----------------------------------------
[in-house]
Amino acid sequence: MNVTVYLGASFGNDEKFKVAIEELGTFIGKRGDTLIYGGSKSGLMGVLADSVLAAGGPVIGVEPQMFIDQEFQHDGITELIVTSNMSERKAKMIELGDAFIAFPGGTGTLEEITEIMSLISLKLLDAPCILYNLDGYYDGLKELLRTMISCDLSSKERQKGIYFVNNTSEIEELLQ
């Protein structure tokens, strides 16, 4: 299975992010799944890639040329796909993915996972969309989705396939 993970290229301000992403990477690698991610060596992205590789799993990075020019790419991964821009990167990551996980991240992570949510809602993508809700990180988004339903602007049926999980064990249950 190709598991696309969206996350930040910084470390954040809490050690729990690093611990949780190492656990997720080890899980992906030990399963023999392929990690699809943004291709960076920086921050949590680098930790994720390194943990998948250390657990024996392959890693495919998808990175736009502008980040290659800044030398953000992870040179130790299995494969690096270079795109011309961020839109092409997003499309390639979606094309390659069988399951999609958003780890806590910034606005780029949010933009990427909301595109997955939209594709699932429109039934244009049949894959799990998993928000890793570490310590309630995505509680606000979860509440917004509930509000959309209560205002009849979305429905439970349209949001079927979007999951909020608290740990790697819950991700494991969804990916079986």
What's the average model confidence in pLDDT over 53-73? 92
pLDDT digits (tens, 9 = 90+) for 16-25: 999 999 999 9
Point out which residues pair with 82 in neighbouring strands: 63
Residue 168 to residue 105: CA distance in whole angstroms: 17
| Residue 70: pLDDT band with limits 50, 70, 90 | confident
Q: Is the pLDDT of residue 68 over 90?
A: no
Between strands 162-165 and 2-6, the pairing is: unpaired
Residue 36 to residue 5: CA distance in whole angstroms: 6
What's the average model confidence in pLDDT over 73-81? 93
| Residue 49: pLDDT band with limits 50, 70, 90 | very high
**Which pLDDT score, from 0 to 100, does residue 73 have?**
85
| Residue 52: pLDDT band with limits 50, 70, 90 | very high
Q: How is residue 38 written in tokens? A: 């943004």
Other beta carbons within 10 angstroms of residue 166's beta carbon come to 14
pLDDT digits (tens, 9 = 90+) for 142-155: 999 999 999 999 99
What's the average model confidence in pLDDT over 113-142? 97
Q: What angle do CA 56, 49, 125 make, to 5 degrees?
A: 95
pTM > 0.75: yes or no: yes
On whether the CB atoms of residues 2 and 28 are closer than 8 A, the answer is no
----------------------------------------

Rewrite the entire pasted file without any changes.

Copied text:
[in-house]
Amino acid sequence: MNVTVYLGASFGNDEKFKVAIEELGTFIGKRGDTLIYGGSKSGLMGVLADSVLAAGGPVIGVEPQMFIDQEFQHDGITELIVTSNMSERKAKMIELGDAFIAFPGGTGTLEEITEIMSLISLKLLDAPCILYNLDGYYDGLKELLRTMISCDLSSKERQKGIYFVNNTSEIEELLQ
């Protein structure tokens, strides 16, 4: 299975992010799944890639040329796909993915996972969309989705396939 993970290229301000992403990477690698991610060596992205590789799993990075020019790419991964821009990167990551996980991240992570949510809602993508809700990180988004339903602007049926999980064990249950 190709598991696309969206996350930040910084470390954040809490050690729990690093611990949780190492656990997720080890899980992906030990399963023999392929990690699809943004291709960076920086921050949590680098930790994720390194943990998948250390657990024996392959890693495919998808990175736009502008980040290659800044030398953000992870040179130790299995494969690096270079795109011309961020839109092409997003499309390639979606094309390659069988399951999609958003780890806590910034606005780029949010933009990427909301595109997955939209594709699932429109039934244009049949894959799990998993928000890793570490310590309630995505509680606000979860509440917004509930509000959309209560205002009849979305429905439970349209949001079927979007999951909020608290740990790697819950991700494991969804990916079986």
What's the average model confidence in pLDDT over 53-73? 92
pLDDT digits (tens, 9 = 90+) for 16-25: 999 999 999 9
Point out which residues pair with 82 in neighbouring strands: 63
Residue 168 to residue 105: CA distance in whole angstroms: 17
| Residue 70: pLDDT band with limits 50, 70, 90 | confident
Q: Is the pLDDT of residue 68 over 90?
A: no
Between strands 162-165 and 2-6, the pairing is: unpaired
Residue 36 to residue 5: CA distance in whole angstroms: 6
What's the average model confidence in pLDDT over 73-81? 93
| Residue 49: pLDDT band with limits 50, 70, 90 | very high
**Which pLDDT score, from 0 to 100, does residue 73 have?**
85
| Residue 52: pLDDT band with limits 50, 70, 90 | very high
Q: How is residue 38 written in tokens? A: 């943004």
Other beta carbons within 10 angstroms of residue 166's beta carbon come to 14
pLDDT digits (tens, 9 = 90+) for 142-155: 999 999 999 999 99
What's the average model confidence in pLDDT over 113-142? 97
Q: What angle do CA 56, 49, 125 make, to 5 degrees?
A: 95
pTM > 0.75: yes or no: yes
On whether the CB atoms of residues 2 and 28 are closer than 8 A, the answer is no